U.S. lawmakers are getting back to work after a monthlong summer recess as the Senate returns this week and the House of Representatives comes back into session next week.
With narrow control of both chambers and some significant items already checked off President Joe Biden’s legislative agenda, Democrats are aiming to pass several key new pieces of legislation. But they have only a handful of weeks before Congress recesses again so that members can campaign ahead of the November 3 midterm elections.
In what has now become almost a yearly routine, U.S. lawmakers will not reach an agreement on spending bills by the September 30 deadline when government funding runs out. Democrats and Republicans normally agree on a short-term continuing resolution, or CR, to keep the government operating. It remains to be seen, though, whether that CR will cover the rest of the calendar year or possibly even further out.
Passage will also depend on whether the parties can agree on Biden’s request for $47 billion in additional funding, an amount that includes a new $13 billion tranche for U.S. military and humanitarian aid to Ukraine and $22.4 billion for continuing efforts to combat COVID-19.
“Ukraine needs more help. We want to give it to them. And on monkeypox and COVID, we need to be prepared. We’ve always been prepared in this country. And it’s disgraceful that Republicans are playing political games with this when the health of the nation is at stake,” Senate Majority Leader Chuck Schumer told reporters Wednesday.
Republicans are reluctant to approve Democrats’ new funding request, arguing the money should instead come out of unused COVID funds.
Senate Minority Leader Mitch McConnell told reporters, “The cleaner the CR, the better. Ukraine is obviously a priority for most of us on both sides of the aisle. We’ll see what they’re requesting and how much of it is actually designed to help Ukraine wage war.”
The U.S. Supreme Court’s Dobbs v. Jackson decision earlier this summer, which overturned the nearly 50-year-old constitutional right to abortion guaranteed by Roe v. Wade, triggered a wave of legislation that would provide protection for other rights on the federal level.
Democratic Senators Tammy Baldwin and Kyrsten Sinema are working to secure the Republican support needed to clear a 60-vote threshold to pass a bill protecting same-sex marriage. In June, the House passed similar legislation with the support of 47 Republicans.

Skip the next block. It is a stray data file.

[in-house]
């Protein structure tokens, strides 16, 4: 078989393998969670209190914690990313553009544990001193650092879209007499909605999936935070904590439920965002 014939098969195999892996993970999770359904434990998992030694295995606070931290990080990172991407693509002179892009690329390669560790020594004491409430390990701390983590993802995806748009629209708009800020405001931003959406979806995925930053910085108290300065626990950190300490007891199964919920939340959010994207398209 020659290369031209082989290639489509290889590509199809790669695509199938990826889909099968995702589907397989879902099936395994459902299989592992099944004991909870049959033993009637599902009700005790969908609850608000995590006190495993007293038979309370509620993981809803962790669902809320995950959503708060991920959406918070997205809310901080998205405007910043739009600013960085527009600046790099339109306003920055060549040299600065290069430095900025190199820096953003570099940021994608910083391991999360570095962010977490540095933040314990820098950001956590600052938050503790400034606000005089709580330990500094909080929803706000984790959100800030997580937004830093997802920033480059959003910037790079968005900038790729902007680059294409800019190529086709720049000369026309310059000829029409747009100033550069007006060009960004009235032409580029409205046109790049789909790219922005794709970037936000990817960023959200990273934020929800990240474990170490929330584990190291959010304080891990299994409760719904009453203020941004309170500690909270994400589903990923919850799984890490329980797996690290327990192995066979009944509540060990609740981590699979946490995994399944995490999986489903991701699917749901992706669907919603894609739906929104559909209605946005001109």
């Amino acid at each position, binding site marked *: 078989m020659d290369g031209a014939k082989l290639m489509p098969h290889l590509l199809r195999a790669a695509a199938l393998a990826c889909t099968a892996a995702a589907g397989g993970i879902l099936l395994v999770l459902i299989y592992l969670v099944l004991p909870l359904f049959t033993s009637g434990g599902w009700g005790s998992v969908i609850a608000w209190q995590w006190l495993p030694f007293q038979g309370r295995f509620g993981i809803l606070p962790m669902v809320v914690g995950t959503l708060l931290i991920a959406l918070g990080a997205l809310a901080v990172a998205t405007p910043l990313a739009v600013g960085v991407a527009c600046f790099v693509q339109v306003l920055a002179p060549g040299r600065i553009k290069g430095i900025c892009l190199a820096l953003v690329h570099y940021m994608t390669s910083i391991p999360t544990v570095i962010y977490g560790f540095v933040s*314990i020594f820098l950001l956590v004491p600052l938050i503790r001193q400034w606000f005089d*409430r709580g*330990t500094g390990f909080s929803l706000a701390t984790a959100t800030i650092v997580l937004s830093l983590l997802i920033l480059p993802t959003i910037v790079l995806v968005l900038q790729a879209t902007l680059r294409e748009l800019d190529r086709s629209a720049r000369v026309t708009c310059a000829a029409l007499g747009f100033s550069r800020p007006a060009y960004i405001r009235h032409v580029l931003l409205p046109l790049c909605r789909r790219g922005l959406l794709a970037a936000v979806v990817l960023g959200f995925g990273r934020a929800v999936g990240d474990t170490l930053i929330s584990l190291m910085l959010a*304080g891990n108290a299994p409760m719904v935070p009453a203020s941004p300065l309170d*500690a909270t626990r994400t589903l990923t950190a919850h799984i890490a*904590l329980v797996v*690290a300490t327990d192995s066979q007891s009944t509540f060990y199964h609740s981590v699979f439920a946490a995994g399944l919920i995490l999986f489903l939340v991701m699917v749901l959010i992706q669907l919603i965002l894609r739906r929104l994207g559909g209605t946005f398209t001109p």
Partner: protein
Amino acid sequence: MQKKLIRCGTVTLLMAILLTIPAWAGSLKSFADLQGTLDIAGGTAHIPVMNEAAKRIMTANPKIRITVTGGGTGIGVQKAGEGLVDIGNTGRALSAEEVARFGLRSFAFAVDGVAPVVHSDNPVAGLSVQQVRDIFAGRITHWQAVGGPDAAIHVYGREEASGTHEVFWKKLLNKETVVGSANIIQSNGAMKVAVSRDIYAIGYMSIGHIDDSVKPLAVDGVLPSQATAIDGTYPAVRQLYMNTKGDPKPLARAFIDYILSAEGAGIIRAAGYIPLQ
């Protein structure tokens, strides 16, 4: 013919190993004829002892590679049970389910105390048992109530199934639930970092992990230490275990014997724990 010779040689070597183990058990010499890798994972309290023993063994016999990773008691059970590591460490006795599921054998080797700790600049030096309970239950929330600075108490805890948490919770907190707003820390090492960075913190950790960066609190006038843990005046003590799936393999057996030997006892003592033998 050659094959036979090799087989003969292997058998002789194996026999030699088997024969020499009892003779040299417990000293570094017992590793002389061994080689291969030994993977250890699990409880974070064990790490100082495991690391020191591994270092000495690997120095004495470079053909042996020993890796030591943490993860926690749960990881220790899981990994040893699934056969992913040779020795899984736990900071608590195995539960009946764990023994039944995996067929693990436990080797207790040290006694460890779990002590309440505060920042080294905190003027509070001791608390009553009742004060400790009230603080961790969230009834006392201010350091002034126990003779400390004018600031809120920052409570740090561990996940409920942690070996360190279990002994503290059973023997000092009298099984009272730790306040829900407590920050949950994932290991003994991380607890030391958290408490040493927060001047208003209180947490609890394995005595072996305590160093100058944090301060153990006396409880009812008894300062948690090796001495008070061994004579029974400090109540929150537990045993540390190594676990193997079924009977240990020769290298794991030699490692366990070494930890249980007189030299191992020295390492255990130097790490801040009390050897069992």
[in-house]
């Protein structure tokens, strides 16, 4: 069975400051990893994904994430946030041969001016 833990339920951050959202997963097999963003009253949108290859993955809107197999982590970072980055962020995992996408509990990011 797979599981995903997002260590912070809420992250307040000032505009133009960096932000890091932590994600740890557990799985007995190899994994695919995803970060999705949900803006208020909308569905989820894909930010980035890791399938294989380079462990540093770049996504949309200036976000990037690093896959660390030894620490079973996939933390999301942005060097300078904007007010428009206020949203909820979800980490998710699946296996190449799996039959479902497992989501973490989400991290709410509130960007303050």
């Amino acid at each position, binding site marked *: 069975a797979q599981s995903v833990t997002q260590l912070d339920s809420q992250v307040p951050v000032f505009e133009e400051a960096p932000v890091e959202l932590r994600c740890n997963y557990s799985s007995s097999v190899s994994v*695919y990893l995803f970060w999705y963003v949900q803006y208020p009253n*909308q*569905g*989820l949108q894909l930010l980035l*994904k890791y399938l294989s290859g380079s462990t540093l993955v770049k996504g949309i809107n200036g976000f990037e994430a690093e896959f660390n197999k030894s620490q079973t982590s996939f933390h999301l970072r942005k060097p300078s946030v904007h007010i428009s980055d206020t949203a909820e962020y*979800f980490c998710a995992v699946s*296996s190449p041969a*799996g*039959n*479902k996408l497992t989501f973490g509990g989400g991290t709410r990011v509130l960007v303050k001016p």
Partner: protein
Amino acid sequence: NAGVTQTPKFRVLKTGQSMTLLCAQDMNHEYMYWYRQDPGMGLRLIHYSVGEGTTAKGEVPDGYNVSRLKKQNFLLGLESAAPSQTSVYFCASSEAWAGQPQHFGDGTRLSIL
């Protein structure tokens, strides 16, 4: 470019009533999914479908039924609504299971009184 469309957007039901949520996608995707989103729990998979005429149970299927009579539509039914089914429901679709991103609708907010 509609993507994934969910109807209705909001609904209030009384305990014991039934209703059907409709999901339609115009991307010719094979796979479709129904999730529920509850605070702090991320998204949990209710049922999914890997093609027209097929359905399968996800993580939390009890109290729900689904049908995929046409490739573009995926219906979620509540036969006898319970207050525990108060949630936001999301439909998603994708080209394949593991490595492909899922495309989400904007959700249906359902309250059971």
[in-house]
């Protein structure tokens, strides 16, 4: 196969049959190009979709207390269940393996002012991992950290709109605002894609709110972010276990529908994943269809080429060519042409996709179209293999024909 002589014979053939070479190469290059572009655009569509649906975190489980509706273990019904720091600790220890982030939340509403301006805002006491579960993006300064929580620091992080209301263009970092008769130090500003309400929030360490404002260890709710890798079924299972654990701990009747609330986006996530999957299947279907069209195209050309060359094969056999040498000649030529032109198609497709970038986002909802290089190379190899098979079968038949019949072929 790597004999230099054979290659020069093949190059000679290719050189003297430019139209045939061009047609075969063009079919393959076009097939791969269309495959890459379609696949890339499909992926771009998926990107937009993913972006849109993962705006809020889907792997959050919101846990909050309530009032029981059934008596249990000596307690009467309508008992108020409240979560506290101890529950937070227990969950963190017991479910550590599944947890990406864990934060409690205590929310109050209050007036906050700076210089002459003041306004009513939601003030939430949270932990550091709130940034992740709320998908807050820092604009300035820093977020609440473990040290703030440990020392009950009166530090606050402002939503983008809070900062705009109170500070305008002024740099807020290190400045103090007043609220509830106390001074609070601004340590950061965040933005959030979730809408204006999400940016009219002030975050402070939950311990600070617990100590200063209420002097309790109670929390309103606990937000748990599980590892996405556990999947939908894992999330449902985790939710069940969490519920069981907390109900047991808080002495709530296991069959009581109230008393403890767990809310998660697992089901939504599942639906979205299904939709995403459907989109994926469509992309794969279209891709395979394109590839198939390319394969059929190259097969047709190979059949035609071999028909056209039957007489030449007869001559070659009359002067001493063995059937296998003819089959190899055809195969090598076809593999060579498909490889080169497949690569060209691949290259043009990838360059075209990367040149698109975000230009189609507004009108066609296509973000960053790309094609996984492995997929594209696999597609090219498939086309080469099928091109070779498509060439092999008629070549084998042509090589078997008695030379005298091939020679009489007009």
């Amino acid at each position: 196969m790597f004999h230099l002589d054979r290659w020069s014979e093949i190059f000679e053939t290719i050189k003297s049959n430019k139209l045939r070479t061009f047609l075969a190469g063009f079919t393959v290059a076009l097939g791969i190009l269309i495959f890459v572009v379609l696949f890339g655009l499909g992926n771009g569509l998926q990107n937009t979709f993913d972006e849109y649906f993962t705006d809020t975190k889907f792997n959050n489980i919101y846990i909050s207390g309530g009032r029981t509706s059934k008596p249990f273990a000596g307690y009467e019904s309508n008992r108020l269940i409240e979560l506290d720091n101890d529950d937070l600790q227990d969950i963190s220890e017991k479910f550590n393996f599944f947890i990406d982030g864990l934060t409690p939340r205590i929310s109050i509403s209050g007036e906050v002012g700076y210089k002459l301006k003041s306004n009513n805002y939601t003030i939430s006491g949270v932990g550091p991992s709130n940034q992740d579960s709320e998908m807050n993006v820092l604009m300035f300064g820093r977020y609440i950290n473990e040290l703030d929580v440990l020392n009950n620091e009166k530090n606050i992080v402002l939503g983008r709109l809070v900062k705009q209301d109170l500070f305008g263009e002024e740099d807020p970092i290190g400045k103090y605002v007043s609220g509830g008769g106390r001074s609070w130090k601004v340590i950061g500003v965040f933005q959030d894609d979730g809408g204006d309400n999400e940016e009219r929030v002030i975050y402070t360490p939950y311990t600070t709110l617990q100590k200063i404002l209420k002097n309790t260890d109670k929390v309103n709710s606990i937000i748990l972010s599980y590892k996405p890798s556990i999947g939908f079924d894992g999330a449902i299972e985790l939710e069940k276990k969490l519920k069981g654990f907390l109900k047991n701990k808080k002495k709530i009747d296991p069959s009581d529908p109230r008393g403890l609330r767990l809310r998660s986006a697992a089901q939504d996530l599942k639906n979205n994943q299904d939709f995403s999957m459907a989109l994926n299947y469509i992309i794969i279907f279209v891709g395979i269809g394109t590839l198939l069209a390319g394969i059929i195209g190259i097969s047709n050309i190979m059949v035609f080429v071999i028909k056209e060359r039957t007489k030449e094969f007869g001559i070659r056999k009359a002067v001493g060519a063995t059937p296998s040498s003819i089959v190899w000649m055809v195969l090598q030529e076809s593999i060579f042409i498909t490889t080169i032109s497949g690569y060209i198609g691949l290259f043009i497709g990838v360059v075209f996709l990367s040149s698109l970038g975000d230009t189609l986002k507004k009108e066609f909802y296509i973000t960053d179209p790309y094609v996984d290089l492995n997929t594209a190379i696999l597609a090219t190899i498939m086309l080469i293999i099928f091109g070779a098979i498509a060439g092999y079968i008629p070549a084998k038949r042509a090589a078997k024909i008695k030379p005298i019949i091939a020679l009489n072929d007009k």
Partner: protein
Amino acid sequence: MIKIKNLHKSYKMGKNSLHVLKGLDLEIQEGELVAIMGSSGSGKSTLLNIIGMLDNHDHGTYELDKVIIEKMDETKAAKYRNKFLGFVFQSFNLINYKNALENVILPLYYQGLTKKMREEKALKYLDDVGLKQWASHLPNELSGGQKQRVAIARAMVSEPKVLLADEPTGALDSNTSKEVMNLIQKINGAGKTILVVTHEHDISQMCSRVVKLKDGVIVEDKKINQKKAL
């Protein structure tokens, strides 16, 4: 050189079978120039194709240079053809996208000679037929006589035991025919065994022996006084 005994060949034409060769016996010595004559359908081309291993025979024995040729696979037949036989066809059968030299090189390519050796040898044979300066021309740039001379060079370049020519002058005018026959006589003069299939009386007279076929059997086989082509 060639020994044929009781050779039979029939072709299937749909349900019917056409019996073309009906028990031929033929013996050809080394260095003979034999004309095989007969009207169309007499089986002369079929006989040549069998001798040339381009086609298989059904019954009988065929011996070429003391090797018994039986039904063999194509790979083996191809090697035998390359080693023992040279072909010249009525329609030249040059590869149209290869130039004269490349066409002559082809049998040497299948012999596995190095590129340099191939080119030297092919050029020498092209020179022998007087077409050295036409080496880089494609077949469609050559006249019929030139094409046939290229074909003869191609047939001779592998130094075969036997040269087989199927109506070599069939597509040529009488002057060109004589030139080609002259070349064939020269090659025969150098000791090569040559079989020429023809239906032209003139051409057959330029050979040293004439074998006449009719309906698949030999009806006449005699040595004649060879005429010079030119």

“A vote about marriage equality will happen on the Senate floor in the coming weeks, and I hope there will be 10 Republicans to support it,” Schumer told reporters Wednesday.
“We prefer to do it as a separate bill,” Schumer said, leaving open the possibility it could be added to the CR, which would raise the stakes for Republicans by forcing them to shut down the government in order to block it.
January 6 investigation
The select committee investigating the January 6, 2021, attack on the U.S. Capitol is set to resume hearings this month. Originally scheduled to run for only seven hearings earlier this summer, lawmakers extended their public investigation into former President Donald Trump’s efforts to overturn the results of the 2020 presidential election, culminating in the worst attack on the Capitol in two centuries.
Republican Representative Liz Cheney – who lost her primary bid to seek re-election to her congressional seat in August – has already said Trump should face charges for his actions. The committee is expected to hear new evidence that has come to light because of its work earlier this summer.
The Senate also could pass the Electoral College Reform Act clarifying the role of the vice president in certifying the results of a presidential election. The bipartisan legislation is aimed at preventing misuse of an 1887 law that came under scrutiny following the attack on the Capitol.
Other agenda items
Additionally, Democrats are expected to continue confirmation of Biden’s judicial nominees. And the so-called “Gang of Eight” top Democratic and Republican leaders from the Senate and the House could receive a classified briefing on Trump’s possession of classified documents at his residence in Mar-a-Lago.
With Democrats gaining ground on Republicans in several key midterm races around the country, Schumer could decide to cancel the Senate’s two-week session in October in order to give members more time to campaign in their home states.